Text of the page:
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Al Roker was all smiles and waved to the cameras while doing his daily power walk in Manhattan's Central Park after recent prostate cancer surgery.

The 66-year-old weather anchor on NBC's Today announced he had been diagnosed with prostate cancer earlier this month.

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He just returned to work following prostate cancer surgery, and he is in good spirits, but he has a word of warning for men.

"Everybody should get checked," he told Toofab.com while leaving NBC Studios on Monday. "You need to check with your doctor."

Roker, who had his prostate and nearby lymph nodes removed 2 weeks ago, said he feels great and he doesn't have a word of complaint.

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"Nothing bad," he replied when asked what the hardest part of the recovery was. "It's all good, all good."

Roker credited his surgeons and the love and support from his family and friends for helping him get through his recovery phase so quickly. Prostate surgery recovery usually takes a month before you can return to work.

"I feel really good, I really do. Usually you're dead when you get all this love," joked Roker, who prefers to receive his flowers while he's still alive.

Roker further revealed that he will have his prostate-specific antigen (PSA) levels checked in January, and will continue to be screened every six months for the next five years.

A PSA blood test is a specific test to detect prostate cancer. Even though Roker's prostate was surgically removed, PSA blood tests are done within the next few years after surgery to make sure there isn't a biochemical recurrence that suggests cancer involving seminal vesicles or distant lymph nodes that weren't surgically removed.

Prostate-specific antigen (PSA) levels in the blood should remain undetectable for 10 years.

JosiahW / BACKGRID

Al Roker is recovering at home after undergoing surgery to remove his prostate following his cancer diagnosis.

The popular U.S. weatherman took to Twitter on Thursday to update fans on his progress, writing: "Relieved to let you all know that my #prostatecancer surgery is done and back home. A big shoutout to everyone at the #josierobertsonsurgerycenter and appreciate all the thoughts and wishes from our viewers and the wonderful care packages from my co-workers."

Roker, 66, went public with his health battle on the Today show last week, telling viewers that the cancer is "a little aggressive" so he would be "taking some time off to take care of this".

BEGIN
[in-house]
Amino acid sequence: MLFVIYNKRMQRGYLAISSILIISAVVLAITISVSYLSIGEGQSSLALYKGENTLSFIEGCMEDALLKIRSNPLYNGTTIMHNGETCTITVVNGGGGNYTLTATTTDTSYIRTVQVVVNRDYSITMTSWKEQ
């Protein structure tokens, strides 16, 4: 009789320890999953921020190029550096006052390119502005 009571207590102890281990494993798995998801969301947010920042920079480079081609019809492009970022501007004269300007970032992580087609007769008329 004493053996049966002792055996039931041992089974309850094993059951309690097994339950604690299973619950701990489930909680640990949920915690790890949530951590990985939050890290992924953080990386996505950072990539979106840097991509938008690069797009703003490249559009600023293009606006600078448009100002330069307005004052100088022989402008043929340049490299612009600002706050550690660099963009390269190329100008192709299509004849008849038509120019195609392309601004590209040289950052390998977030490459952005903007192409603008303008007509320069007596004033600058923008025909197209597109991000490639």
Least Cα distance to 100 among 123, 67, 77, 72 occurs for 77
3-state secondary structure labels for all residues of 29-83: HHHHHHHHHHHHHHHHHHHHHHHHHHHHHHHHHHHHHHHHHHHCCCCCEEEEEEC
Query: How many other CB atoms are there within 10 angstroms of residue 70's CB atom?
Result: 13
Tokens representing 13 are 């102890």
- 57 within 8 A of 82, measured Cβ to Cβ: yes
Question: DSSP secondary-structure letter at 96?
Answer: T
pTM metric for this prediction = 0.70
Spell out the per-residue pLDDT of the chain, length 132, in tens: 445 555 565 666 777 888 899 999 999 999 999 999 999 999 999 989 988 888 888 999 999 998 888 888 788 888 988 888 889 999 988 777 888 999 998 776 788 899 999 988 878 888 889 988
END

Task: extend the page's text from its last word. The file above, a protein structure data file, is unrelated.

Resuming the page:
Roker wanted fans to know he is not terminally ill and his cancer has not spread to other parts of his body.

"I don't want people thinking, 'Poor Al' because I'm going to be OK," he said.

Hugh Masekela

Legendary jazz trumpeter Hugh Masekela passed away on Monday from complications related to prostate cancer. He was 78.

The South African musician, who was a leading activist in the struggle to end apartheid, died "peacefully" in his Johannesburg home on Tuesday, his family told the BBC in a statement.

Masekela, who was known as the father of South African jazz, earned worldwide fame for hits such as his protest songs "Soweto Blues" and "Bring Him Back Home", which became an anthem for those protesting Nelson Mandela imprisonment.

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Music industry veteran Joe Simpson, father of pop singers Jessica Simpson and Ashlee Simpson, has been diagnosed with prostate cancer. He underwent surgery to remove his prostate gland after being diagnosed two months ago.

Page Six reports the 56-year-old photographer has already returned to work.

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An average looking woman wearing tight jeans and a tight top was filmed getting over 100 'catcalls' from men while silently walking through NYC for 10 hours. Nothing those men did or said was unusual or inappropriate for heterosexual men. And yet the YouTube video has garnered over 6 million views in just 24 hours.

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We've all seen the TV commercials for male and female incontinence. Incontinence can be an embarrassing and humiliating experience, as evidenced by rapper Slim Thug who wet himself while rushing to the restroom.

Urinary urgency is the urgent need to empty the bladder immediately. Wetting yourself before you can make it to the restroom is called incontinence.

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